Homeland Security poses a number of difficulties, as there are numerous agencies responsible
for preventing terrorism. Apart from Federal agencies, these include state, local and tribal law
enforcement agencies. There is conflict of interest and purpose amongst these agencies and this
necessitates rethinking, to resolve the issues involved. Homeland Security was created after
911, with the intention of countering terrorism and making America safe. With no clearly
defined role, the organization is not fully able to do the task it was set up for. Weighing it down
are agencies unconnected to terrorism prevention like private businesses, non-profit
organizations, and healthcare agencies, all working separately and making it an unwieldy set up.

Incapable of reform in intelligence gathering as it has no expertise, it does not even keep a
terrorist watch list. It tends to compete with the CIA which has the lead role in national counter
terrorism. Agencies like the secret service are primarily concerned with presidential security,
 banking and cyber crimes. The FBI has post 911 enhanced its counter terrorism department and
coordinates  local law enforcement efforts in joint terrorism task forces. The Department of
Defense is not connected with internal matters except in times of martial law. Even otherwise the
CIA and the FBI are two agencies which have direct access to the President and who brief him
directly. These two organizations now have a mandate to work jointly on intelligence gathering
and sharing information both within and  outside America, which is not happening.                                                                                                            
To overcome this complex situation, the office of Director of National Intelligence, was set up in
2007 uniting all US security intelligence agencies under one umbrella and includes the NSA and
Military intelligence, CIA, National geo-space intelligence, National reconnaissance agency and
Intelligence from the state.

Bruce Hoffman (2006, p43-60) states that America has experienced anti colonialism, ideological
and religious terrorism, and that in future it will have to face small to major military attacks.
If we understand that the threat from terrorist networks, in the nature of modern conflict, works
to disrupt, using technology, social support, and tactical doctrine. Technology is crucial to it as it
is  a force multiplier. Terrorisms objectives are unchanged, but the methods are different, in that
they now target civilian, symbolic and technological infrastructures. Terrorists are fanatics who
fight outside the rule of law and seem to want to convey the impression that even powerful
governments cannot protect people.                                                                                                          
The National Criminal Intelligence Sharing Plan (NCISP) came into existence and has
connectivity with fifty states, five territories and 50 major urban areas. It has formed a computer
 based counter intelligence communication system and set up Fusion centers so that all data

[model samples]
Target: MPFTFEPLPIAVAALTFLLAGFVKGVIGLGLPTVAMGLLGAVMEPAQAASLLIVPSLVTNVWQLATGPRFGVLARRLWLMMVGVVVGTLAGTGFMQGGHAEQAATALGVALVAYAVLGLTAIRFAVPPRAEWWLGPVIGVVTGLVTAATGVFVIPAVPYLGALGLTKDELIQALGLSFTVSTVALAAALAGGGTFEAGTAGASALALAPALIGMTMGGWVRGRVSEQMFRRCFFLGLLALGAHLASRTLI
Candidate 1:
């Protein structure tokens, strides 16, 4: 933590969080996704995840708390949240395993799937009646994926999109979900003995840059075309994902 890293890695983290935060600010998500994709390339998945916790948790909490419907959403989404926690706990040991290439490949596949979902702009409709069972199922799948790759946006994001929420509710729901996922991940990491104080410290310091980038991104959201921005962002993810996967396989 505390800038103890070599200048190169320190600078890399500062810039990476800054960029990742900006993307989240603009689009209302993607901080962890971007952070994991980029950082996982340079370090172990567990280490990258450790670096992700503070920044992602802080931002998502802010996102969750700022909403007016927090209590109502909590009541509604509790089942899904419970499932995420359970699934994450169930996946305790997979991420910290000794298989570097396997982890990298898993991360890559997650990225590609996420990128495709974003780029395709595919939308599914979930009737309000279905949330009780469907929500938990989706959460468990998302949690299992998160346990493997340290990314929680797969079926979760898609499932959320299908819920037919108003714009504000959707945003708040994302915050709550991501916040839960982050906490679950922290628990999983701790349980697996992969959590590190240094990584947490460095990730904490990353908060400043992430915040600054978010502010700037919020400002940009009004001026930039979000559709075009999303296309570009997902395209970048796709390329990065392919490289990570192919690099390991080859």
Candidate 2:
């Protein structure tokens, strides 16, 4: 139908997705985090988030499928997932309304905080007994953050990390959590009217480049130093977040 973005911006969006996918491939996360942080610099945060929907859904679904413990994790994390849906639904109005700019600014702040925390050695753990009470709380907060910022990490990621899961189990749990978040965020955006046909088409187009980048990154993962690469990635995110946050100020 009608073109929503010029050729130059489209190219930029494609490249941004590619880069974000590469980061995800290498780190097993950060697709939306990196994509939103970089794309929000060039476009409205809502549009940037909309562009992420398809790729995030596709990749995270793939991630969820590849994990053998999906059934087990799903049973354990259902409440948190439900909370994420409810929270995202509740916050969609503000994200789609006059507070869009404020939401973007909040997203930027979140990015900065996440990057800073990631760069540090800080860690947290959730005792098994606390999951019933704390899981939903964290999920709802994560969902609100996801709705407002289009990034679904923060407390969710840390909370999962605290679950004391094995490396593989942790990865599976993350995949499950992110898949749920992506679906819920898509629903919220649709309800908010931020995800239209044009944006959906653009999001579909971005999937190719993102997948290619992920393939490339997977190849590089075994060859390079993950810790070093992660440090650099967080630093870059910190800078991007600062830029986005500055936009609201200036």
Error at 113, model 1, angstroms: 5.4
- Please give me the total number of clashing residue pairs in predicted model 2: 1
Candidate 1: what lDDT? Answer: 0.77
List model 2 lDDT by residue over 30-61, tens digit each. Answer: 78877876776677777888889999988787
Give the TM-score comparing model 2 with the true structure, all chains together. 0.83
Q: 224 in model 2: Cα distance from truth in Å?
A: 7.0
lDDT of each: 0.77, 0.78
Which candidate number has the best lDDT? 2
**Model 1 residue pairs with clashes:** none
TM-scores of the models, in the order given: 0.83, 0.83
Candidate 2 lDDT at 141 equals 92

is analyzed at a single centre. To counter terrorism, the need is to have effective pre-emptive
offensive policing. With good planning, the police can look for threats in the local community.
There are problems with local government and entrenched bureaucracies who do not want to
change to a centralized executive authority, as they have own agendas. Preventing terrorism
requires Bureaucratic change, which does not come easily (Max Weber 1864-1920).
However changes can come about if Federal agencies enter into cooperative relationships with
their local counterparts, as the officers in local communities know their jurisdiction the best
when it comes to terrorism. Border vulnerability is also a disputed area of terrorism threat. With
300 seaports, airports, and a porous border in the south, there are always illegal immigrants
slipping in.

Bureaucratic changes present challenges, but they also present opportunities. If state and local
agencies establish informal networks with organizations in their jurisdiction and extend
 cooperation to the federal system, by expanding their role, law enforcement officers will be
forced to rethink the way they do business. Local officers who normally think only of their
jurisdiction, will think of national security. Bureaucratic hurdles can be overcome largely if
all organizations agree to act together and pool their resource. (Swanton, Territo, Taylor 2001,
P643-644, Best. 2001, Bordero 2002, Mitchell and Hulse 2002). There is also the question of
WMD, as no one is really fully in charge, and there is serious lack of coordination between the
agencies. The Homeland Security Council and the National Security Council need to both be
looked at by Congress and recognized that national security and Homeland Security is the same.

Homeland Security should cover all aspects of intelligence gathering both local and worldwide
and taking necessary steps to protect all life and structures through preventive action. It must use
all the resources of the different agencies and pool it to achieve this. This includes inputs from
the NCISP. The Director of National Intelligence presently appears best suited to be the Apex
controlling body, as it already has all Federal and state agencies reporting to it. This way the two
most effective agencies CIA and FBI, will be working under one head with the same mission.
Homeland and National Security Council after merging could look after WMD, and also come
under the DNI. Countering terrorism and making the country safe can only be achieved through
pooling all resources and working jointly towards the same goal, through good coordination.          


Post a Comment